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Magdalene

[mag-duh-leen, -luh n, mag-duh-lee-nee] /ˈmæg dəˌlin, -lən, ˌmæg dəˈli ni/
noun
1.
2.
(lowercase) a reformed prostitute.
3.
Also, Magdalen
[mag-duh-luh n] /ˈmæg də lən/ (Show IPA)
. a female given name: from a Hebrew word meaning “woman of Magdala.”.
Dictionary.com Unabridged
Based on the Random House Dictionary, © Random House, Inc. 2017.
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Examples from the Web for Magdalene
Contemporary Examples
Historical Examples
  • And yet he could have devoured the beautiful Magdalene with his eyes.

  • I would to God we would follow this example, and be like unto Magdalene.

  • Luke: “Mary called Magdalene, out of whom went seven devils” (viii, 2).

    The Christ John Eleazer Remsburg
  • He did not see how the pale face of Magdalene tried to rush to him.

  • Pepys collected a very interesting library, which is now preserved in a fireproof room in Magdalene College, Cambridge.

    English Book Collectors William Younger Fletcher
  • This demand of the lady would only delay his meeting with Magdalene.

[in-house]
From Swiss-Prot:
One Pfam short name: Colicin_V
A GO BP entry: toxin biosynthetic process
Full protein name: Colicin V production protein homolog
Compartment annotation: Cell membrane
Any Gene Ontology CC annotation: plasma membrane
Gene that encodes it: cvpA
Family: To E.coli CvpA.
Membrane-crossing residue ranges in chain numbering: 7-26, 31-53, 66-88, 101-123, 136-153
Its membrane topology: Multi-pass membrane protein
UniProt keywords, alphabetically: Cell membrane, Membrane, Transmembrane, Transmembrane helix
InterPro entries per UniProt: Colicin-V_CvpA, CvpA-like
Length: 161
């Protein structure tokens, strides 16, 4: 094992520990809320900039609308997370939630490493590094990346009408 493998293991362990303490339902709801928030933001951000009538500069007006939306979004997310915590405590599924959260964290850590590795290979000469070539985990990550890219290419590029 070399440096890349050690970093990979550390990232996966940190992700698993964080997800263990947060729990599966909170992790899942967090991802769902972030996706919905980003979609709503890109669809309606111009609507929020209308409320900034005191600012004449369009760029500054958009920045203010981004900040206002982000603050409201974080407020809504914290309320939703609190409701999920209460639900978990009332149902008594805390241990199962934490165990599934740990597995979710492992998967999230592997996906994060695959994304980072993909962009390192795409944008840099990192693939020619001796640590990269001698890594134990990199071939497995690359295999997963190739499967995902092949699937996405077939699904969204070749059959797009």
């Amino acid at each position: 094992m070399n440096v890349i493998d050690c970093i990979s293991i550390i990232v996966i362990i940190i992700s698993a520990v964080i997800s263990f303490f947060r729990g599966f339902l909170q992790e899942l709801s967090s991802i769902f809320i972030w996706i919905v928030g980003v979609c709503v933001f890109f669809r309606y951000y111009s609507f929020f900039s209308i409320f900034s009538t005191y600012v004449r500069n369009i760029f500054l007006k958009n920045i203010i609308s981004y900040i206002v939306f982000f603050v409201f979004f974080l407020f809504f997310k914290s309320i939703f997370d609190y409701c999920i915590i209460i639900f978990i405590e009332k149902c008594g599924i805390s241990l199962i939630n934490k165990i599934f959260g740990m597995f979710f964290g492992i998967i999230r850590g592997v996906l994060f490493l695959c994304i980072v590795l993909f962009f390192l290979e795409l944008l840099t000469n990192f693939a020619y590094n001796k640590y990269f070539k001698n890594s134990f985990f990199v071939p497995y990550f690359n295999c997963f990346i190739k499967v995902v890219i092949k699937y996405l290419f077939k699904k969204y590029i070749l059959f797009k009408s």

British Dictionary definitions for Magdalene

Magdalene

/ˈmæɡdəˌliːn; ˌmæɡdəˈliːnɪ/
noun
Collins English Dictionary - Complete & Unabridged 2012 Digital Edition
© William Collins Sons & Co. Ltd. 1979, 1986 © HarperCollins
Publishers 1998, 2000, 2003, 2005, 2006, 2007, 2009, 2012
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Word Origin and History for Magdalene

fem. proper name, from Latin (Maria) Magdalena, from Greek Magdalene, literally "woman of Magdala," from Aramaic Maghdela, place on the Sea of Galilee, literally "tower." The vernacular form of the name, via French, has come to English as maudlin.

Online Etymology Dictionary, © 2010 Douglas Harper
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